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13.0: Prelude to Inferential Statistics

  • Page ID
    19241
  • Recall that Matthias Mehl and his colleagues, in their study of sex differences in talkativeness, found that the women in their sample spoke a mean of 16,215 words per day and the men a mean of 15,669 words per day (Mehl, Vazire, Ramirez-Esparza, Slatcher, & Pennebaker, 2007)[1]. But despite this sex difference in their sample, they concluded that there was no evidence of a sex difference in talkativeness in the population. Recall also that Allen Kanner and his colleagues, in their study of the relationship between daily hassles and symptoms, found a correlation of +.60 in their sample (Kanner, Coyne, Schaefer, & Lazarus, 1981)[2]. But they concluded that this finding means there is a relationship between hassles and symptoms in the population. This assertion raises the question of how researchers can say whether their sample result reflects something that is true of the population. The answer to this question is that they use a set of techniques called inferential statistics, which is what this chapter is about.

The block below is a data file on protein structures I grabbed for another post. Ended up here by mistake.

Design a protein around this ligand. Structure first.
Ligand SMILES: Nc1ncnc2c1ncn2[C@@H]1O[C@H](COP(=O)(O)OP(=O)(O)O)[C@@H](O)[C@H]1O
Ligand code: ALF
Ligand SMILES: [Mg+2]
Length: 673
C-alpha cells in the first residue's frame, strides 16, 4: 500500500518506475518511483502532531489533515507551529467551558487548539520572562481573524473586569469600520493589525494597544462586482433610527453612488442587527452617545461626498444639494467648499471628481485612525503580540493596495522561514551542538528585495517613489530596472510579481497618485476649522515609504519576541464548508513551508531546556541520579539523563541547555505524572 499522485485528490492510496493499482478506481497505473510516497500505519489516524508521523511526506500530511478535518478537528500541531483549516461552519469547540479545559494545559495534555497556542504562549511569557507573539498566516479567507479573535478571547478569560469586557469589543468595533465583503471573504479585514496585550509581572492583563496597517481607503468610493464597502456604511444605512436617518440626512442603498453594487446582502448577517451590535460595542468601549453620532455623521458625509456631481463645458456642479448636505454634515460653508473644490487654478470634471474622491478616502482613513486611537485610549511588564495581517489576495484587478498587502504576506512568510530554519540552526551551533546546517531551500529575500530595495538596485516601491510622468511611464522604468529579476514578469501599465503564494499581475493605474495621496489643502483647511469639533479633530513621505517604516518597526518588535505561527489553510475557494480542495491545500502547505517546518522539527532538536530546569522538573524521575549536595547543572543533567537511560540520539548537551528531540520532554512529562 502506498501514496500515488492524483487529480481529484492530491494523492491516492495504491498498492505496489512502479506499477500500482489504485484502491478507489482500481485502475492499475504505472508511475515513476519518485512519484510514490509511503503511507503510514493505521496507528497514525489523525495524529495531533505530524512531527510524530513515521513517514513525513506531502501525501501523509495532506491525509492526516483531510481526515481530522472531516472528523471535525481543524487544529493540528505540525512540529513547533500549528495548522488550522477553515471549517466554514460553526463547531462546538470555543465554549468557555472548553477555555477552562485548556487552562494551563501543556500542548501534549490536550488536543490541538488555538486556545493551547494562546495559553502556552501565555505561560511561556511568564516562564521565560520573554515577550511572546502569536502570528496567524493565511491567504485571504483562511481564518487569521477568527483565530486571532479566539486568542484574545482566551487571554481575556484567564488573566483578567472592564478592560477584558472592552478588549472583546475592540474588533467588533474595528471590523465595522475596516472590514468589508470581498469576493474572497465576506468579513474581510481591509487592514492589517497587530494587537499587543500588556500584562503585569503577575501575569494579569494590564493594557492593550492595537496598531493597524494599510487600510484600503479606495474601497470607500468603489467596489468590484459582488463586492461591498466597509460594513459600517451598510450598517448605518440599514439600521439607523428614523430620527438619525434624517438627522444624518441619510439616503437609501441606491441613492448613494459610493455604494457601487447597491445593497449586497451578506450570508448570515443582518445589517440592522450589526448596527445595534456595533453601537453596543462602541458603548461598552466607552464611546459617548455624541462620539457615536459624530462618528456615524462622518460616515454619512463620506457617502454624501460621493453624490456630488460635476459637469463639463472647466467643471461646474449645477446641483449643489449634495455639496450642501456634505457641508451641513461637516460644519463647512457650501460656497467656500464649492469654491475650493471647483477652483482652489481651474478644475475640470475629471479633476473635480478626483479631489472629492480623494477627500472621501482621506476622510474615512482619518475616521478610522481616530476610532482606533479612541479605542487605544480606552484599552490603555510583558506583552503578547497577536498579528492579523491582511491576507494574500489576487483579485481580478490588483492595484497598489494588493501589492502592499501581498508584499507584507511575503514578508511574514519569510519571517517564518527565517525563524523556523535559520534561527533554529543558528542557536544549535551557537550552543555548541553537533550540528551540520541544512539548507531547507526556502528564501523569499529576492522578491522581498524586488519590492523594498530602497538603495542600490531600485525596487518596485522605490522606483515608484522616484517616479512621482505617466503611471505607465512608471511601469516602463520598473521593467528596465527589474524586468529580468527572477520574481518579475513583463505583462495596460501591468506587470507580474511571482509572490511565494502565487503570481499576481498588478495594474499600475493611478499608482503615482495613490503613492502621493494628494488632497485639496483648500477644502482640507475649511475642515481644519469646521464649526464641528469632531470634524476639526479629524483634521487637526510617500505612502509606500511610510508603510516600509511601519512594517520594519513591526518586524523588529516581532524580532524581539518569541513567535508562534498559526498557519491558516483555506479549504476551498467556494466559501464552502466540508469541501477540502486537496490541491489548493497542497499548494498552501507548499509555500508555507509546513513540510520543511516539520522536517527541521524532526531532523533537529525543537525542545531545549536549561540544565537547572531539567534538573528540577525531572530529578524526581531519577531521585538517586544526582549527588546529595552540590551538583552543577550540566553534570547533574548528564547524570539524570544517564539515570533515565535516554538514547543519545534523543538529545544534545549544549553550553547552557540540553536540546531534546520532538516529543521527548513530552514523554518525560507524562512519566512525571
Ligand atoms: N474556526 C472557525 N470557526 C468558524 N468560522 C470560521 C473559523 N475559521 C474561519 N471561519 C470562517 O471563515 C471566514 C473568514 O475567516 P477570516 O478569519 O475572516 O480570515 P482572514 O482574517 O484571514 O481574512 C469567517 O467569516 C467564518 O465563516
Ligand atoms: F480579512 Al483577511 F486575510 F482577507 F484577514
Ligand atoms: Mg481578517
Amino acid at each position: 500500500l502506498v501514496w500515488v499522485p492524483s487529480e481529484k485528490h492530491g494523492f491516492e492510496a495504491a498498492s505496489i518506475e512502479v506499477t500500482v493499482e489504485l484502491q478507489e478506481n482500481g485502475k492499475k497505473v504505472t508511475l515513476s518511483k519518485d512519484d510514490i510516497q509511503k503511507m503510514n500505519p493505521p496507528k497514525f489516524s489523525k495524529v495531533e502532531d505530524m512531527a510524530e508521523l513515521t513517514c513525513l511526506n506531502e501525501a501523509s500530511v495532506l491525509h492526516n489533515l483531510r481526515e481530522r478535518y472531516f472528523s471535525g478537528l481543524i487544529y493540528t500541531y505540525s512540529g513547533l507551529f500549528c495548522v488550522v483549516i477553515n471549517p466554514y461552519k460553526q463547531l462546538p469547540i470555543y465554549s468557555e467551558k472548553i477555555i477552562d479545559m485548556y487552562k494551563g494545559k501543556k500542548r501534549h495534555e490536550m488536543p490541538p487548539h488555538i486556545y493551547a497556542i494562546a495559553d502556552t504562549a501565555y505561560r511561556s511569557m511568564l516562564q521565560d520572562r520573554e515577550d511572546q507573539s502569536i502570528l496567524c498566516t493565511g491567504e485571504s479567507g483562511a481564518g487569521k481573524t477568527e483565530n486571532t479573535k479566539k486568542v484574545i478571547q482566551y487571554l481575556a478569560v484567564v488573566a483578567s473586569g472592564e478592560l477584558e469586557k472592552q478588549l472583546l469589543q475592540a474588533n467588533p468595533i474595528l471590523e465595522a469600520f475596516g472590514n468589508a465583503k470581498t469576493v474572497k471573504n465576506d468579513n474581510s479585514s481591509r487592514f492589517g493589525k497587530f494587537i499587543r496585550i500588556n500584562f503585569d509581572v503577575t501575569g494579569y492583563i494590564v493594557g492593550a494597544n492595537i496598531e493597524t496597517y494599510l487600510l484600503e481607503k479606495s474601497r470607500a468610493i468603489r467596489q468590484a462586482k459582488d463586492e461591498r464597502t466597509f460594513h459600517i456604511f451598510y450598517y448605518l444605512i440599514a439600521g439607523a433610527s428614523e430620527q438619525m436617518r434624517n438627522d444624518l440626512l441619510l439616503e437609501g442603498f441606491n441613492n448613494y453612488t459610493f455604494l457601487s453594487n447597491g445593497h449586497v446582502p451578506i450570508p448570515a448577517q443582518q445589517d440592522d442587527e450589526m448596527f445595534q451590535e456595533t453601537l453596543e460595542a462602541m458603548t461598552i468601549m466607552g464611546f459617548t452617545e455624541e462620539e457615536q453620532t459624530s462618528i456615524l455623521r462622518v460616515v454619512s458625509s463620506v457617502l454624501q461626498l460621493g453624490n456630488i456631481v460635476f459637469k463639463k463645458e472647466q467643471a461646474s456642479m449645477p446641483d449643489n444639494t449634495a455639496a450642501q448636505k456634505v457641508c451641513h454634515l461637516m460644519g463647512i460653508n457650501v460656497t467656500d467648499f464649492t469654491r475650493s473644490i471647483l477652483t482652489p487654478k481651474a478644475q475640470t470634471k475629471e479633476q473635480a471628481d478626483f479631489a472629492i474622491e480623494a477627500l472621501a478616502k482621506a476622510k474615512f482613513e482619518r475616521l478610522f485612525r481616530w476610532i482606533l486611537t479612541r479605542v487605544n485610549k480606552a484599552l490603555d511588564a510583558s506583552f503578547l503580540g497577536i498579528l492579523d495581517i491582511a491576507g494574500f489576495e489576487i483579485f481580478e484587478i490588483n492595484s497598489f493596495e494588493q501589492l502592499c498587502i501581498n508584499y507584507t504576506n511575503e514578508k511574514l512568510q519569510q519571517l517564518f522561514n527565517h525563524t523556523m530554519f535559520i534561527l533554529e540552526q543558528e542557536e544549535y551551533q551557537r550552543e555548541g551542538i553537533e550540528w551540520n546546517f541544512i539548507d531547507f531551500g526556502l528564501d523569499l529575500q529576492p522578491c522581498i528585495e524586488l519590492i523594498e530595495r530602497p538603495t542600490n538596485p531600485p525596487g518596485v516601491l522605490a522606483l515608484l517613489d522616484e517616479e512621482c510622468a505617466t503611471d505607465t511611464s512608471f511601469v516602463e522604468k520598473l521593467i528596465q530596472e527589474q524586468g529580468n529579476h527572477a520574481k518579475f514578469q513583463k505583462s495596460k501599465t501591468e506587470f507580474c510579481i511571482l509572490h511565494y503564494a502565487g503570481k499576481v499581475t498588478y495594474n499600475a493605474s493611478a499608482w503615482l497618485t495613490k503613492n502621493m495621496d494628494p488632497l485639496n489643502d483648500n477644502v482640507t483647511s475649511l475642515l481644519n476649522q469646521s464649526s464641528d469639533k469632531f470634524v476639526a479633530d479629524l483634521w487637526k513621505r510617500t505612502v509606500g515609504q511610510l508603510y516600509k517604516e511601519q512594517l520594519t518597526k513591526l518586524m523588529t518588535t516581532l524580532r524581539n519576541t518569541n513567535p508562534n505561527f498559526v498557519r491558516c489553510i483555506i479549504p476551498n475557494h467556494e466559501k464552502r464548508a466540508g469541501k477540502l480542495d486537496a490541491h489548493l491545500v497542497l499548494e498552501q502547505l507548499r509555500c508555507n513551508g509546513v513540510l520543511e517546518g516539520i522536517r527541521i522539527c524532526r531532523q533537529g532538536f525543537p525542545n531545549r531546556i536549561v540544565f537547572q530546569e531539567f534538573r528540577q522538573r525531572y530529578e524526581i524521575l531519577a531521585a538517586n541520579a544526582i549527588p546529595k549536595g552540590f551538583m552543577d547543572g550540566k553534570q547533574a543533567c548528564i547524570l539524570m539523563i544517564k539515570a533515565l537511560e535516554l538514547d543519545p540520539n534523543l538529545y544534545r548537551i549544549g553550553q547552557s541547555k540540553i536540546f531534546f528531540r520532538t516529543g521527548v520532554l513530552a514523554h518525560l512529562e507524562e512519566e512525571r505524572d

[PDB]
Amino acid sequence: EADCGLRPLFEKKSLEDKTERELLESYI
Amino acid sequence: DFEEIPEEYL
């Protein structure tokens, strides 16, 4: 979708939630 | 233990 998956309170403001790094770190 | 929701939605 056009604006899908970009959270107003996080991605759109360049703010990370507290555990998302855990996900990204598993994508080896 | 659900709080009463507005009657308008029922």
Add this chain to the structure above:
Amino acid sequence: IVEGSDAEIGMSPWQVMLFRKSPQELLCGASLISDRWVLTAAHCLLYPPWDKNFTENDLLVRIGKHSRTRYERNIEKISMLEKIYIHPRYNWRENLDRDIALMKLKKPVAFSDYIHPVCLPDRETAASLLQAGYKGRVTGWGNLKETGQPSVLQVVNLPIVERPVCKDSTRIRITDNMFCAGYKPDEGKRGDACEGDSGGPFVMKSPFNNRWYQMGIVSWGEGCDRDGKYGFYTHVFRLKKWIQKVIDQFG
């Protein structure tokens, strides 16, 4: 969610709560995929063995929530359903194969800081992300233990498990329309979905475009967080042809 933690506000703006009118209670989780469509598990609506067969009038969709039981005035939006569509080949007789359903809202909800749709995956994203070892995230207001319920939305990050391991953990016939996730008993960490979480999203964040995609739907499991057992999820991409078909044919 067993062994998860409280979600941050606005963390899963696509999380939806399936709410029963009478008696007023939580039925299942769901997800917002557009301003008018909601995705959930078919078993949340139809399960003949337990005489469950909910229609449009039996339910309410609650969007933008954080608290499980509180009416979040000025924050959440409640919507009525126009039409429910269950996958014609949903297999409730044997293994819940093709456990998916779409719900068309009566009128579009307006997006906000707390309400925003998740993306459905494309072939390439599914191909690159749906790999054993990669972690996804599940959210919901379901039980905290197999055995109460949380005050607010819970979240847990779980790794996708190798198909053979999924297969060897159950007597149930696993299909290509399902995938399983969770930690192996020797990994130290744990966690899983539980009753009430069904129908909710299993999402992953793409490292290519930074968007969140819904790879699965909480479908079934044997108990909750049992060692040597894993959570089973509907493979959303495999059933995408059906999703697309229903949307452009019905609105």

References

    1. Mehl, M. R., Vazire, S., Ramirez-Esparza, N., Slatcher, R. B., & Pennebaker, J. W. (2007). Are women really more talkative than men? Science, 317, 82.
    2. Kanner, A. D., Coyne, J. C., Schaefer, C., & Lazarus, R. S. (1981). Comparison of two modes of stress measurement: Daily hassles and uplifts versus major life events. Journal of Behavioral Medicine, 4, 1–39.
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